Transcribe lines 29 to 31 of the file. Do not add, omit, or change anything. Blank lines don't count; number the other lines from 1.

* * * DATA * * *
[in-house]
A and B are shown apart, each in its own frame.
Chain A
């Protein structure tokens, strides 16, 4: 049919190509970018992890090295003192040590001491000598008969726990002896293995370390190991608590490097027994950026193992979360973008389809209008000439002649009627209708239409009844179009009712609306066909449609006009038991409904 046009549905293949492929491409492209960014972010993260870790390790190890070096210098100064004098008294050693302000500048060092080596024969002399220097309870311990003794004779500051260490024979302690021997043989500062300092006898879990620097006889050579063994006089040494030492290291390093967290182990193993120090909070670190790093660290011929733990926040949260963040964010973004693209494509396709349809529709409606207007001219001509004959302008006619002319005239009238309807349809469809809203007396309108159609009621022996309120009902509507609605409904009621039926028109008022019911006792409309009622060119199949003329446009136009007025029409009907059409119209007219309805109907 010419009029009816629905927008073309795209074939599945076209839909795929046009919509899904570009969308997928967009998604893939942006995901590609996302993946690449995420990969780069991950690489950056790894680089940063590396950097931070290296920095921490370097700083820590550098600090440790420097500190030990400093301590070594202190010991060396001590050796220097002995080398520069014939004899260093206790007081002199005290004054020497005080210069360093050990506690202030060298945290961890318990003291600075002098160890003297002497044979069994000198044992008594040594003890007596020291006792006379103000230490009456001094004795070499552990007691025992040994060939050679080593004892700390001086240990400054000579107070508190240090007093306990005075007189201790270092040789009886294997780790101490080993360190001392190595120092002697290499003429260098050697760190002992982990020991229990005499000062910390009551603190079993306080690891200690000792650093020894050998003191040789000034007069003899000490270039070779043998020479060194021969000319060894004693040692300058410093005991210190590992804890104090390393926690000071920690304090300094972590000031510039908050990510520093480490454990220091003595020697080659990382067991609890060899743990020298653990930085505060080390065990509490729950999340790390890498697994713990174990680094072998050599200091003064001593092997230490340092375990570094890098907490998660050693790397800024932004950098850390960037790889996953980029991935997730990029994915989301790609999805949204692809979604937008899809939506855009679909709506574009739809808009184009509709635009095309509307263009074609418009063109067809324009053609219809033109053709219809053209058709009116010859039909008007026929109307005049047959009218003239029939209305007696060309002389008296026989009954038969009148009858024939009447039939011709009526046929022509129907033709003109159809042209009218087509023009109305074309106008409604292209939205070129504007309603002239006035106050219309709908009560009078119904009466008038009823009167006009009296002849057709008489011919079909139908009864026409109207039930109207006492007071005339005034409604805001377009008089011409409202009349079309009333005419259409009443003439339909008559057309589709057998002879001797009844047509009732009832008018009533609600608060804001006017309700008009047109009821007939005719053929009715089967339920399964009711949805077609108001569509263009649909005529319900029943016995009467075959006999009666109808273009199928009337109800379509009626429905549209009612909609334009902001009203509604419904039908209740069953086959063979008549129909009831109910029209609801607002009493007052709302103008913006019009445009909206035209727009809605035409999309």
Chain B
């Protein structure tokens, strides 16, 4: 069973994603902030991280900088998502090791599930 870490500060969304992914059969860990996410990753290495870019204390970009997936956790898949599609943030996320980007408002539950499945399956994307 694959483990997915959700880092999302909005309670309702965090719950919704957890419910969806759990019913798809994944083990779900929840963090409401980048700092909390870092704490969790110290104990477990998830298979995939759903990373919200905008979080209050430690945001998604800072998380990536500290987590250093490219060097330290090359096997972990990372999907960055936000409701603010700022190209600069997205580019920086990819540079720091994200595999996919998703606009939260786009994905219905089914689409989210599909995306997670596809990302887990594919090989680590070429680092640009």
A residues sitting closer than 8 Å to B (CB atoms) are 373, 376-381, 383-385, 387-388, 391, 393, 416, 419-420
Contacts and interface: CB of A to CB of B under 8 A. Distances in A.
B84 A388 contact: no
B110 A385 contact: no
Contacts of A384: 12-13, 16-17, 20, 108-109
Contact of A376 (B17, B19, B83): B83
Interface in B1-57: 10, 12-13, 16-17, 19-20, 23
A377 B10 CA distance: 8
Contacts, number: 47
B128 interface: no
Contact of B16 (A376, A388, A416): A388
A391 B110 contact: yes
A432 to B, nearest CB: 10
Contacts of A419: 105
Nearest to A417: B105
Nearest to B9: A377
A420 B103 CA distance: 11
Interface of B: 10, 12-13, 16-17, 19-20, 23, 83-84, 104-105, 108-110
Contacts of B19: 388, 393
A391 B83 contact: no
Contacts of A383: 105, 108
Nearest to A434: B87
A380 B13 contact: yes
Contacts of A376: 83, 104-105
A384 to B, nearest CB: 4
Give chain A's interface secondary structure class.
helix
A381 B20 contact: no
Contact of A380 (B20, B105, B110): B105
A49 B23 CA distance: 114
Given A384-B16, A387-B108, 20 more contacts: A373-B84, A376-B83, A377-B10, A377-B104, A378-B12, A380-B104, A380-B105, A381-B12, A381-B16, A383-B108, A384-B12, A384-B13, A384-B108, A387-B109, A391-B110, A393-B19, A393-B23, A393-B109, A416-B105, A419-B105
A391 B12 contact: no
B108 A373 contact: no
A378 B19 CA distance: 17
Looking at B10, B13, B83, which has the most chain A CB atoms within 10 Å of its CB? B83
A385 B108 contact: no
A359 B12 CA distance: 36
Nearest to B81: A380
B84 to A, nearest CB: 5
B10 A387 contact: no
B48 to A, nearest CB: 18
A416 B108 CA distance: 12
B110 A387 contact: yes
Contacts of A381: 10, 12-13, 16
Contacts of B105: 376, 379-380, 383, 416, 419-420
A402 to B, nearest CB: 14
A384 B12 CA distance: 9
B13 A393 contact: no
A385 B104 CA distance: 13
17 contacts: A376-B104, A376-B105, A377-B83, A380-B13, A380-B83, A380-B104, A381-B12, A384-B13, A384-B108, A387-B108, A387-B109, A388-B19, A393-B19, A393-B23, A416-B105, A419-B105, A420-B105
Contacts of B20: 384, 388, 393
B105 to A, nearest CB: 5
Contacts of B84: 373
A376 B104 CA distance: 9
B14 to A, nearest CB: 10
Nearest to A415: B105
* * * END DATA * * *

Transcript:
A380 B13 contact: yes
Contacts of A376: 83, 104-105
A384 to B, nearest CB: 4